That said, I relied on the Department of Census to get some stats for the current projected populations for the United States and the world. Census stats show that on Christmas Eve 2016 there are about 325,184,000 persons living in the U.S. and roughly 7,360,800,000 worldwide. However, since Santa is only concerned with delivering presents to girls and boys, that eliminates most adults. I’m sure he periodically leaves gifts for adults, but only he decides who those persons are.
Relying on Census data again, I use data from their World Mid-year Population by Age and Sex for 2016 webpage. I will make the cut-off age of 14 for those children receiving gifts from Santa. Adding up the ages of the world’s children from 0 to 14 years of age…the total is: 1,862,956,402.
So far, we have almost 2 billion children under the age of 14 in the world on Christmas Eve 2016, however, all are not Christian. Stated earlier, many who are not Christian participate in some form of Christmas symbolism, and all of those who are Christian don’t celebrate the holiday. Aye-ya-yie! How does Santa figure this stuff out?
My next resource for useful data is the Pew Research Center, a nonpartisan fact tank that informs the public about the issues, attitudes and trends shaping America and the world. It conducts public opinion polling, demographic research, media content analysis and other empirical social science research. It is a subsidiary of The Pew Charitable Trusts, and has done some significant work in the area of religion and public life.
Here’s what I found: Back in 2010, the Pew Research Center conducted a comprehensive demographic study of more than 230 countries and territories. Data from this study assisted them in estimating that there are 5.8 billion religiously affiliated adults and children around the globe, representing 84% of the 2010 world population of 6.9 billion.
In addition to the above, and based on analysis of more than 2,500 censuses, surveys and population registers – the study found that back in 2010 there were 2.2 billion Christians (32% of the world’s population), 1.6 billion Muslims (23%), 1 billion Hindus (15%), nearly 500 million Buddhists (7%) and 14 million Jews (0.2%) around the world. Fast forwarding to today, 31.4% of the world’s population is estimated to be Christian based on further refinement and adjustments of these numbers by the research center.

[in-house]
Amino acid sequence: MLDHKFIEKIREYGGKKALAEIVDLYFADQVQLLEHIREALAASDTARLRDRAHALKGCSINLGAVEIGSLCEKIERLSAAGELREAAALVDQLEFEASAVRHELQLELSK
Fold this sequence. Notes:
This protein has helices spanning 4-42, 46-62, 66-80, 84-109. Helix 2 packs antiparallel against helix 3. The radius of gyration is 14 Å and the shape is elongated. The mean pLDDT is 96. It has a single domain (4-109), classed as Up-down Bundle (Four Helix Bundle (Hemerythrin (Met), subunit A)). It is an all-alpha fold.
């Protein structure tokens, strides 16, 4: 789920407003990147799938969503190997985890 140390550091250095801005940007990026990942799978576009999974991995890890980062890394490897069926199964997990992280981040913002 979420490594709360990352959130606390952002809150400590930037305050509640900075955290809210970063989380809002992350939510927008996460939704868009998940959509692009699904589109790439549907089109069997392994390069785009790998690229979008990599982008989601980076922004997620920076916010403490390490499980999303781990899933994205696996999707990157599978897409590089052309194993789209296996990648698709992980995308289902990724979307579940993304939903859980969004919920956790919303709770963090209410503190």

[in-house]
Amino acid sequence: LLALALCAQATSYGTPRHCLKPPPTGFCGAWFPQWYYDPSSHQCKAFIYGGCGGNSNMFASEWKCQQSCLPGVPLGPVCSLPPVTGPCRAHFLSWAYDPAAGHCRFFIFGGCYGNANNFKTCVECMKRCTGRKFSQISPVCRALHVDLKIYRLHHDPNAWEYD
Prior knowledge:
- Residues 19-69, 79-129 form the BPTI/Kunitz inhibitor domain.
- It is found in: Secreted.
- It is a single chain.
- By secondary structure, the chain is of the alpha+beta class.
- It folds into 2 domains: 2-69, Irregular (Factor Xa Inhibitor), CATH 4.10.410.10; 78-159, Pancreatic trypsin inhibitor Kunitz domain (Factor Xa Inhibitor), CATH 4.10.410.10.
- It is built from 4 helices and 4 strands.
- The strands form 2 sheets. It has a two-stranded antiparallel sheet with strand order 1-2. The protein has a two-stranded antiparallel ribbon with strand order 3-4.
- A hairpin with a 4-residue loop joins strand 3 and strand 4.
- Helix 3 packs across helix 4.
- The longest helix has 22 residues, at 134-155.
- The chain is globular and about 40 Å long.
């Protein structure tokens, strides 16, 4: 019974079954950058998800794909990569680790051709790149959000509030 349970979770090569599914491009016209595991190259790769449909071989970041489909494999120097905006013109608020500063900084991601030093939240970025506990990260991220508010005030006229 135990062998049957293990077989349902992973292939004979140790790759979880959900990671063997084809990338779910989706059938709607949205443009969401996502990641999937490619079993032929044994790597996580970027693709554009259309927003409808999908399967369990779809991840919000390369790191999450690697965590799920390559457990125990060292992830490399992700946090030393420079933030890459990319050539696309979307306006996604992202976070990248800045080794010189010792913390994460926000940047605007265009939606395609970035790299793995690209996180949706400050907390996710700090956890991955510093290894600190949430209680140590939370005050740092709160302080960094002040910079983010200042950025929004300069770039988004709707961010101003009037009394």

Filling in the blanks and making, hopefully, a few basic assumptions, I make a direct correlation that 31.4% of the world’s population of children are also Christian. And if I multiply 31.4% (0.314) by the number of Christians in the world (1,862,956,402) and that gives us about 585 million Christian children. Acknowledging that all Christian children do not participate in gift giving or exchanges (assumed a small number), and that around the world many non-Christians observe the Christmas holiday in some form, I am speculating that more than 31.4% of children receive gifts from Santa.
Speculating further, I am going to bump this number by 10% to 41.4% – and therefore, Santa has cargo for 771,300,000 children around the world.
Perhaps in another post, I’ll posit how Santa’s delivery system works. In the meantime, I do plan to study Dr. Matt Briggs’ (a statistics instructor at Cornell University and Professor of Santa Math) gift momentum and gift probability equations.
Just figuring out how many children are getting gifts was enough work for this Christmas Eve. Yet, I can’t help but be impressed by how this mythical person delivers in one night what the three major shippers do in six to eight weeks. Perhaps that is why it is called Santa math!
Merry Christmas everyone! Also, happy Hanukkah and Kwanza!
- The Global Religious Landscape, Demographic Study, Pew Research Center for Religion in Public Life, December 18, 2016, http://www.pewforum.org/2012/12/18/global-religious-landscape-exec/
- The Future of World Religions: Population Growth Projections, 2010-2050, Demographic Study, Pew Research Center for Religion in Public Life, April 2, 2015, http://www.pewforum.org/2015/04/02/religious-projections-2010-2050